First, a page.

Friday, February 10, 2012

Ten Minutes with Annie Dugan, Curator at the DAI

The Duluth Art Institute has been more than just a place to showcase artists and the arts. The DAI is an exemplary model of ways the art involve and give back to the community. The current curator is Annie Dugan, a Northlander who after graduating from Carleton College in Northfield went on to get her Master's at Columbia University in New York. Duluth. After her stint out east she returned to the Midwest, of which she says, "I live in Northern Minnesota where I eat good vegetables and watch movies in my big old barn. Also, I like art." Her energy for the arts here is helps re-charge a lot of batteries.

Ennyman: Briefly, how did you come to be curator at Duluth Art Institute and what does a curator do?
Anne Dugan: I was lucky enough to take the job as Curator at the Duluth Art Institute a year and a half ago. My training is in Art History and curatorial studies and I was incredibly lucky to find a job that fit my education so well. I had worked with the Duluth Art Institute before so I was familiar with the institution and staff, but I still feel amazingly fortunate to have landed my “dream job”.

The term curator covers a lot of ground these days – people use the term for all sorts of things – basically a curator is someone who organizes and presents cool things to the public. At the Duluth Art Institute the curator is the person that selects exhibits and interprets the works on view. Because we have an extremely small staff, the curator at the Duluth Art Institute also functions as the preparator, registrar, grant-writer, program coordinator, party planner, marketer, etc, etc…..

E: What was your role in bringing the Robert Hughes film series, Shock of the New, to Duluth?

AD: We had started a relationship with Zinema 2 this fall. (and I should say here that I think Zinema 2 is the best thing that has happened to Duluth in probably forever! Seriously.) Anyway, we were looking to do something again this winter and Johnathon Olsen, the manager, suggested “Shock of the New.” I love the opportunity to deepen the discussion around the visual arts. This is an older series, it came out in 1980, but I think it’s a good jumping off point for our audiences, especially if they don’t have any background with art history. I’m thrilled that folks are stepping up to serve as “guest hosts” from the community – we’ve got professors, critics, and artists coming to make this a really fun series.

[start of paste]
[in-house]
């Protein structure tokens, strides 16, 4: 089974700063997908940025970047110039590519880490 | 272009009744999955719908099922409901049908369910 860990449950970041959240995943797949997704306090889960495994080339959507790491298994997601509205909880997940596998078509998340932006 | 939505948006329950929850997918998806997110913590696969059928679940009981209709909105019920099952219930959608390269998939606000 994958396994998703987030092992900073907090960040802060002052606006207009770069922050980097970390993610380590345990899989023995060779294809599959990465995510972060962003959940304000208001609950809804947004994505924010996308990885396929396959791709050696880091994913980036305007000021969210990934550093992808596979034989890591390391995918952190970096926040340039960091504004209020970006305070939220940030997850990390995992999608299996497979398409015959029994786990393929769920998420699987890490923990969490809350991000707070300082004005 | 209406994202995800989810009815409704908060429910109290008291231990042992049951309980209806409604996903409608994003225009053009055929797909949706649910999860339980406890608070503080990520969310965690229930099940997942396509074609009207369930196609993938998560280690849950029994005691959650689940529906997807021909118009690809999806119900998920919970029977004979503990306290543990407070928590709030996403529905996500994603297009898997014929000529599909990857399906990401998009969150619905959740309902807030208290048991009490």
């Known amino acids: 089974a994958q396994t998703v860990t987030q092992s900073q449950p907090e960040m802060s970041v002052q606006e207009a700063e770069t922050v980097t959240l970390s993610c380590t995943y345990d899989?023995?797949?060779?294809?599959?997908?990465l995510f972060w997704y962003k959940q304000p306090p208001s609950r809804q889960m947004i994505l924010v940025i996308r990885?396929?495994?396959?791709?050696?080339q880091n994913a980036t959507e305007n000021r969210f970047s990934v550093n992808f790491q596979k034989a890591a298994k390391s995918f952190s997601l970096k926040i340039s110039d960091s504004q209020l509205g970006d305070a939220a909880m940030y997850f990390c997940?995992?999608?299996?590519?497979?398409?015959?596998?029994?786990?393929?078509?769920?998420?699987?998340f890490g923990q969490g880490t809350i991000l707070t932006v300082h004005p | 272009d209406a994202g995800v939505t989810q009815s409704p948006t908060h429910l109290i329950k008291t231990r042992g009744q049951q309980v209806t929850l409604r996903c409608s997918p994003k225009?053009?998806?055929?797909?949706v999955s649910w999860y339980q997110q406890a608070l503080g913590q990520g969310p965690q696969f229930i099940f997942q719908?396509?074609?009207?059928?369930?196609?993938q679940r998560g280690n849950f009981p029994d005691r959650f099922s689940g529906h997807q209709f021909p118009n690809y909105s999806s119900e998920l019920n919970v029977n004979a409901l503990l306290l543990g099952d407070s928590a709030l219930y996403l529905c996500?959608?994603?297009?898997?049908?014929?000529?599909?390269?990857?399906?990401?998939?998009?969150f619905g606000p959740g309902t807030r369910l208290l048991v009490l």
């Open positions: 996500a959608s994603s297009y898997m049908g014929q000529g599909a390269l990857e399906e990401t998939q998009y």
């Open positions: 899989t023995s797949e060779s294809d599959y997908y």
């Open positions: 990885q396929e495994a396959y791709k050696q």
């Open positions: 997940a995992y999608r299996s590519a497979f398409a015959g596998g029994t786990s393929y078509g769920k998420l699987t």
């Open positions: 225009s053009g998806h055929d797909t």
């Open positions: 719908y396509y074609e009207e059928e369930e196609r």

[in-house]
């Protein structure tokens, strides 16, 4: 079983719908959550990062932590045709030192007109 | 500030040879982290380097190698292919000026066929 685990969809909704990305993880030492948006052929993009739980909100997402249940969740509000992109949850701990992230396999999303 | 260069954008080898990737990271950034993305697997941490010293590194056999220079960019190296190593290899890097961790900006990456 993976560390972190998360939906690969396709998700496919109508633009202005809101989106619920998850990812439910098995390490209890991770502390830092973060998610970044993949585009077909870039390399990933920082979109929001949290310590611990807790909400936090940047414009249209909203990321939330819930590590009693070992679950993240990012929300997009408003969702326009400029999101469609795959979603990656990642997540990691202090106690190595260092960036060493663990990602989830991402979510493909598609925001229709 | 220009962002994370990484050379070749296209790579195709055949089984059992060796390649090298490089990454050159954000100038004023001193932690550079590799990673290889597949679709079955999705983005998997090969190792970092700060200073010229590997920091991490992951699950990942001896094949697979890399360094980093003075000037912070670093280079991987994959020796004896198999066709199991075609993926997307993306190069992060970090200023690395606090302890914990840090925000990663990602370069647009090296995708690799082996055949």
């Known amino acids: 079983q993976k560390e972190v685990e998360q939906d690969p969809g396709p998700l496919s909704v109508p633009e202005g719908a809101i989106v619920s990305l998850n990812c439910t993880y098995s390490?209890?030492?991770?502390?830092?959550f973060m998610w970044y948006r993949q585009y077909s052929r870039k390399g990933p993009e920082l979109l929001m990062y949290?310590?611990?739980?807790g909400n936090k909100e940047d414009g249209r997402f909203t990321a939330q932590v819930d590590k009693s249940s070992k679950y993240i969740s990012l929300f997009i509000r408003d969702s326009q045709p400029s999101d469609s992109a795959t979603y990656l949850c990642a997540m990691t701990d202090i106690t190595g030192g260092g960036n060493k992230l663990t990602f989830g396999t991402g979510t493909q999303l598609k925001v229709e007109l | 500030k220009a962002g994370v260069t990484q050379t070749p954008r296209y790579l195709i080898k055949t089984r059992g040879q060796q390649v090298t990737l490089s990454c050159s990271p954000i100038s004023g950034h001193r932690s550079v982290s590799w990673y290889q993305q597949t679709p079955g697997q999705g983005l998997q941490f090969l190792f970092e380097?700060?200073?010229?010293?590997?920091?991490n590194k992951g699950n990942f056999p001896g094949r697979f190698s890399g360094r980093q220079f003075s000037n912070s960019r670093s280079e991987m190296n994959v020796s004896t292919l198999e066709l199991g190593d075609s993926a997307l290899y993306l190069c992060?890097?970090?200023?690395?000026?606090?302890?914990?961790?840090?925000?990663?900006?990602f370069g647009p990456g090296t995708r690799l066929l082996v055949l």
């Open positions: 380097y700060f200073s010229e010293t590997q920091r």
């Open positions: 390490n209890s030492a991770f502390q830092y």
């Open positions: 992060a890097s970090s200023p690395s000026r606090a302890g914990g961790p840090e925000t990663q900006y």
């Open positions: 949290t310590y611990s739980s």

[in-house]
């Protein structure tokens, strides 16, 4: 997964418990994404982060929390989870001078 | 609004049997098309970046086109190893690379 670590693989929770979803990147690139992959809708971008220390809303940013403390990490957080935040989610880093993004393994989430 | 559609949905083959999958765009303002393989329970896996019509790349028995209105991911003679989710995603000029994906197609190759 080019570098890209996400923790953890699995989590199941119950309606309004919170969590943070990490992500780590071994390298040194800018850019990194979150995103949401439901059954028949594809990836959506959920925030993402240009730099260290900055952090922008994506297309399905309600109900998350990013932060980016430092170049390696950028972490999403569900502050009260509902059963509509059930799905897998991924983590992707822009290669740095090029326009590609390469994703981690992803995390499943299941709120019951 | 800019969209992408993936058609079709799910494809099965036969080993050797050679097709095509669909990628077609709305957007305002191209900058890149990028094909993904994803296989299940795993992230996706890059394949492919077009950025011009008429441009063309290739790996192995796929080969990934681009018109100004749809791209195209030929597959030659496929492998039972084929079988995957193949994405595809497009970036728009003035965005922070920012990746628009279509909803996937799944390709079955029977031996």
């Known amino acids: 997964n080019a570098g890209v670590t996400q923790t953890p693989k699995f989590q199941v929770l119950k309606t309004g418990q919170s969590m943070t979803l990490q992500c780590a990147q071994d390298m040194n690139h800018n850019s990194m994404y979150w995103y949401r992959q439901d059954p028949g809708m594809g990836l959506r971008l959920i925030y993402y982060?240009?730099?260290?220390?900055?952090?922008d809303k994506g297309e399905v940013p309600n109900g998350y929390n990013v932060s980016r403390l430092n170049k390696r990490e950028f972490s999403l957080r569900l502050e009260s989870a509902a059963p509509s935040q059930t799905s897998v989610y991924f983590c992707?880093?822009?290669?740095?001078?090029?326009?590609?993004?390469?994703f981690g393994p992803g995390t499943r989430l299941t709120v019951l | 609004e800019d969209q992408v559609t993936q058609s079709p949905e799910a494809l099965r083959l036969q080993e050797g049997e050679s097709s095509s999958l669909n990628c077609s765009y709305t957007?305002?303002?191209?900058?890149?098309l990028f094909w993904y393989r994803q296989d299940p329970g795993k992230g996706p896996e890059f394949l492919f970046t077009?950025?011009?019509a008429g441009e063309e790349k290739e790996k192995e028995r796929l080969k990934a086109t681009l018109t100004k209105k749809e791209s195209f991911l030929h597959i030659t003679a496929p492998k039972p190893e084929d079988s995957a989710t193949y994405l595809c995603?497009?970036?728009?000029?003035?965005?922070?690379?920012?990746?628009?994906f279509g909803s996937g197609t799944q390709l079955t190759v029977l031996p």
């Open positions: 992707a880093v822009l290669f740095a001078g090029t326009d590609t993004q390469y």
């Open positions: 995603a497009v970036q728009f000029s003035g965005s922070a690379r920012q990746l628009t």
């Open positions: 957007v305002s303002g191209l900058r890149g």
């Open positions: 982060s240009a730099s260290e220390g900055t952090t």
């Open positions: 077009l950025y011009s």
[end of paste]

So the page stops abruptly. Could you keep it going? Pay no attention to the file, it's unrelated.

E: Why, in your opinion, is it important for art to connect with the public? That is, why are the arts important for communities like ours?
AD: I would say it is vital that the arts connects with the public – is it really art if it doesn’t?
The arts can raise questions, compel us to think about problems in different ways, help us be more tolerant. The arts can inspire us and give meaning to our lives. The arts can be a way to come together and provide joy. I’m sounding a lot like an inspirational poster so I’ll stop but the arts can play a practical role in our community as well. Arts can drive business and attract a smart, talented work force.